You threaten all squares into which you can make a melee attack, even when it is not your action.

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thondar

New Member
Italy
Hi!

I hope i'm not breaking any forum rules...

I play a famous game (i prefer don't say the name) and I've a problem to understand a rule. I already ask in specialistic forum but it give start to endless discussion.

Now i want to take a different approach. I dont want any rule-related (if you know the game) or logic or common sense help but only grammatical help.
This is the phrase (no copyright):

You threaten all squares into which you can make a melee attack, even when it is not your action.

The question is:
even when it is not your action is related to threaten or to attack?
Grammatically can be related to both?

For clarity in the first case i can rewording this way:
1) You threaten all squares into which you can make a melee attack
2) You threaten even when it is not your action (so you don't need to can attack when it is not your action)

In the second case:
1) You threaten all squares into which you can make a melee attack
2) even when it is not your action to threat you have to can attack.

thank you
 
  • Matching Mole

    Senior Member
    England, English
    I would take threaten to mean that you are a potential danger. Threatening is not attacking, it is being capable, or having the intention to attack in the future, under certain circumstances. I would therefore not take it that you can attack if it is not your action, according to this rule, because it only says that you threaten players in the squares. There must be some point to the difference.

    Are there any consequences to opponents that are "threatened"? For example, are there certain things they cannot do while they are in the squares which your "threaten"? If this is the case it would mean that opponents in a threatened area are still limited, even if it is not your action.

    Otherwise, I don't see the point of the rule, or I don't understand it.
     

    thondar

    New Member
    Italy
    Matching Mole said:
    I would take threaten to mean that you are a potential danger.
    Correct

    I would therefore not take it that you can attack if it is not your action, according to this rule, because it only says that you threaten players in the squares.
    For clarity i repeat the second interpretation in different wording:
    In an instant you have to can attack to threat in that instact. So even out of your turn you must to can attack (it's possible) to threat.

    Are there any consequences to opponents that are "threatened"? For example, are there certain things they cannot do while they are in the squares which your "threaten"?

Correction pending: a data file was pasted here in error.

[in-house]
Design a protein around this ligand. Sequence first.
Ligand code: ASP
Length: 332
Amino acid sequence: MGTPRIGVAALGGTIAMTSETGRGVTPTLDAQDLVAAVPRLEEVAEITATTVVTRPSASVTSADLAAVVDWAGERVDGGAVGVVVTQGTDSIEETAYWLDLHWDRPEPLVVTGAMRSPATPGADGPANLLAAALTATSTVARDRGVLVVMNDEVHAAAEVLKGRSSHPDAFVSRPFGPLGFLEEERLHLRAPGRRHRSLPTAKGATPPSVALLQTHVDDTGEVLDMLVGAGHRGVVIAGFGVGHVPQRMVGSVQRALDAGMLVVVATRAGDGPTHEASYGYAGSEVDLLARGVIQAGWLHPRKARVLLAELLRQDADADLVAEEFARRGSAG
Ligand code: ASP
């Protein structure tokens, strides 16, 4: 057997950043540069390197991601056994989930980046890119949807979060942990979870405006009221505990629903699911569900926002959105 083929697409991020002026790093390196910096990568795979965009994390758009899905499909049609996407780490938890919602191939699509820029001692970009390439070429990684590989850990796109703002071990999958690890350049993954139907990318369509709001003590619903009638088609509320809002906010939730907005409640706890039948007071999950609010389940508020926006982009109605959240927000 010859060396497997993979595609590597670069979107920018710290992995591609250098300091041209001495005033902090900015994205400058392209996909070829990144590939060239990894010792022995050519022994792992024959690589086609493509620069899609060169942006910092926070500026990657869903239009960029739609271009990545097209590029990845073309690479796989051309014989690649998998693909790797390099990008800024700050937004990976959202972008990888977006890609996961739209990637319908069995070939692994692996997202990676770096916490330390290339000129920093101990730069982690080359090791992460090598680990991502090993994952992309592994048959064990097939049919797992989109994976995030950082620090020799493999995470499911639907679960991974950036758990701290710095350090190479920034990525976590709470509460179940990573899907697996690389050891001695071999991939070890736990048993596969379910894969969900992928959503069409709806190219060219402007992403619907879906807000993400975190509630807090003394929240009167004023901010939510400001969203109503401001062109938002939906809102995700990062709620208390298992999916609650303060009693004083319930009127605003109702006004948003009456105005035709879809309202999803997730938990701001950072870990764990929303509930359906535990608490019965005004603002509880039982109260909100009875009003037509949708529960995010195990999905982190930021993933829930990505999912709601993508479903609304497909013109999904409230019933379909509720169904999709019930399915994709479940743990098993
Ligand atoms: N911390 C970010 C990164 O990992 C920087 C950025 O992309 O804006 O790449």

Yes, there are.
    You give support to an ally opposite the enemy, for example (the enemy between you is distracted by you).

    If this is the case it would mean that opponents in a threatened area are still limited, even if it is not your action.
    Are you speaking by logic o by grammatica?
    The problem is that we are already speaking by logic (and by rules) in specialistic forum (50+ pages of topic...) so i'm searching a grammatical analysis.
    Anyway the second point supporter say that when the situation don't allow you to attack you can't threaten because your adversary is untroubled about you. He can ignore your presence.
     

    waspsmakejam

    Member
    UK, English
    Hello Thondar

    I often play, and GM, this game. (Other readers - trust me, there is a verb "to GM")

    The rules are very complex, and in my opinion badly written. I found them very hard to understand and so did my players, all native English speakers. Neither logic nor grammar will help you understand this sentence on its own.

    The sentence is a definiton of the term "threatened". It is not an instruction or requirement.

    A character threatens all the squares in their reach for a possible melee attack. The squares are threatened all the way through a round not just when a character takes an action. Characters cannot choose to threaten or not threaten these squares. A character just has to be conscious and in a square to threaten adjacent squares within the reach of their melee weapon or unarmed strike.

    This makes more sense when you read more of the rules (context!) because characters have to follow specific rules when taking actions in, or moving into or out of, threatened squares.

    As I said, this is very complicated. We practised with minatures for an hour before playing for real, that was the only way we could understand them. If you can buy the book for players (you know the one I mean!) there are some useful diagrams.
     

    cuchuflete

    Senior Member
    EEUU-inglés
    As stated above, considerably more context is required to analyze the grammar and logic of the statement, which may, and probably does, have meanings beyond those normally attributed to the words used. This discussion is therefore beyond the scope of this forum.
     
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